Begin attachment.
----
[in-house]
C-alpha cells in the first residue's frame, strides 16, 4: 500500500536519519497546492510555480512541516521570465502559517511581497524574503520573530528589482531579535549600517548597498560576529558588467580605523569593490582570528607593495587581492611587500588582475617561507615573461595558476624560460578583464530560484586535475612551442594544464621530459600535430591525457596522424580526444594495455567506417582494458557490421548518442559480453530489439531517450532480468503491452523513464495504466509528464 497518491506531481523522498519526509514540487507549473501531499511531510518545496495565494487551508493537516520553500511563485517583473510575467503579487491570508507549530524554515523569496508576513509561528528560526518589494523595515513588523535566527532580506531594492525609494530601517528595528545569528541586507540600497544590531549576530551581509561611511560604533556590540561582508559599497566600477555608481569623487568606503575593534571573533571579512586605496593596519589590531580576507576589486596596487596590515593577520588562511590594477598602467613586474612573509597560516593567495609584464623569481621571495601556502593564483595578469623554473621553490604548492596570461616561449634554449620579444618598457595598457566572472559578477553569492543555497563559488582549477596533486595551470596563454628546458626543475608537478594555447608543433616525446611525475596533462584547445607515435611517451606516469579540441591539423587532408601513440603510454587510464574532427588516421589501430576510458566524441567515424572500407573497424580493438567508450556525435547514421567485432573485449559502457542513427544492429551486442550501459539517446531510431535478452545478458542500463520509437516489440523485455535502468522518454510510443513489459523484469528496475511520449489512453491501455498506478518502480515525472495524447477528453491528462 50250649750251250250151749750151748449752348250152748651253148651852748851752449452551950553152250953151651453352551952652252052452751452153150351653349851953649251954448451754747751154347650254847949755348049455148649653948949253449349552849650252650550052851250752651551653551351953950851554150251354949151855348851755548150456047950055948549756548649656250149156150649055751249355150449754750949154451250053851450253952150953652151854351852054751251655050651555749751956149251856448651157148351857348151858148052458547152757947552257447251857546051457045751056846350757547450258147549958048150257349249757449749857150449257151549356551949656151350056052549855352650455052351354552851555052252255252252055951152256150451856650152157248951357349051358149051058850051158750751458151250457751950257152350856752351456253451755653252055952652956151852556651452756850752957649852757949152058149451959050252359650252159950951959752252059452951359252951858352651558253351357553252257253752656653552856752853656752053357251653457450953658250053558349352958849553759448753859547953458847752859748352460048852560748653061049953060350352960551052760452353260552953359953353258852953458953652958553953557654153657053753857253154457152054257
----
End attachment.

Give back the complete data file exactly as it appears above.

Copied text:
[in-house]
C-alpha cells in the first residue's frame, strides 16, 4: 500500500536519519497546492510555480512541516521570465502559517511581497524574503520573530528589482531579535549600517548597498560576529558588467580605523569593490582570528607593495587581492611587500588582475617561507615573461595558476624560460578583464530560484586535475612551442594544464621530459600535430591525457596522424580526444594495455567506417582494458557490421548518442559480453530489439531517450532480468503491452523513464495504466509528464 497518491506531481523522498519526509514540487507549473501531499511531510518545496495565494487551508493537516520553500511563485517583473510575467503579487491570508507549530524554515523569496508576513509561528528560526518589494523595515513588523535566527532580506531594492525609494530601517528595528545569528541586507540600497544590531549576530551581509561611511560604533556590540561582508559599497566600477555608481569623487568606503575593534571573533571579512586605496593596519589590531580576507576589486596596487596590515593577520588562511590594477598602467613586474612573509597560516593567495609584464623569481621571495601556502593564483595578469623554473621553490604548492596570461616561449634554449620579444618598457595598457566572472559578477553569492543555497563559488582549477596533486595551470596563454628546458626543475608537478594555447608543433616525446611525475596533462584547445607515435611517451606516469579540441591539423587532408601513440603510454587510464574532427588516421589501430576510458566524441567515424572500407573497424580493438567508450556525435547514421567485432573485449559502457542513427544492429551486442550501459539517446531510431535478452545478458542500463520509437516489440523485455535502468522518454510510443513489459523484469528496475511520449489512453491501455498506478518502480515525472495524447477528453491528462 50250649750251250250151749750151748449752348250152748651253148651852748851752449452551950553152250953151651453352551952652252052452751452153150351653349851953649251954448451754747751154347650254847949755348049455148649653948949253449349552849650252650550052851250752651551653551351953950851554150251354949151855348851755548150456047950055948549756548649656250149156150649055751249355150449754750949154451250053851450253952150953652151854351852054751251655050651555749751956149251856448651157148351857348151858148052458547152757947552257447251857546051457045751056846350757547450258147549958048150257349249757449749857150449257151549356551949656151350056052549855352650455052351354552851555052252255252252055951152256150451856650152157248951357349051358149051058850051158750751458151250457751950257152350856752351456253451755653252055952652956151852556651452756850752957649852757949152058149451959050252359650252159950951959752252059452951359252951858352651558253351357553252257253752656653552856752853656752053357251653457450953658250053558349352958849553759448753859547953458847752859748352460048852560748653061049953060350352960551052760452353260552953359953353258852953458953652958553953557654153657053753857253154457152054257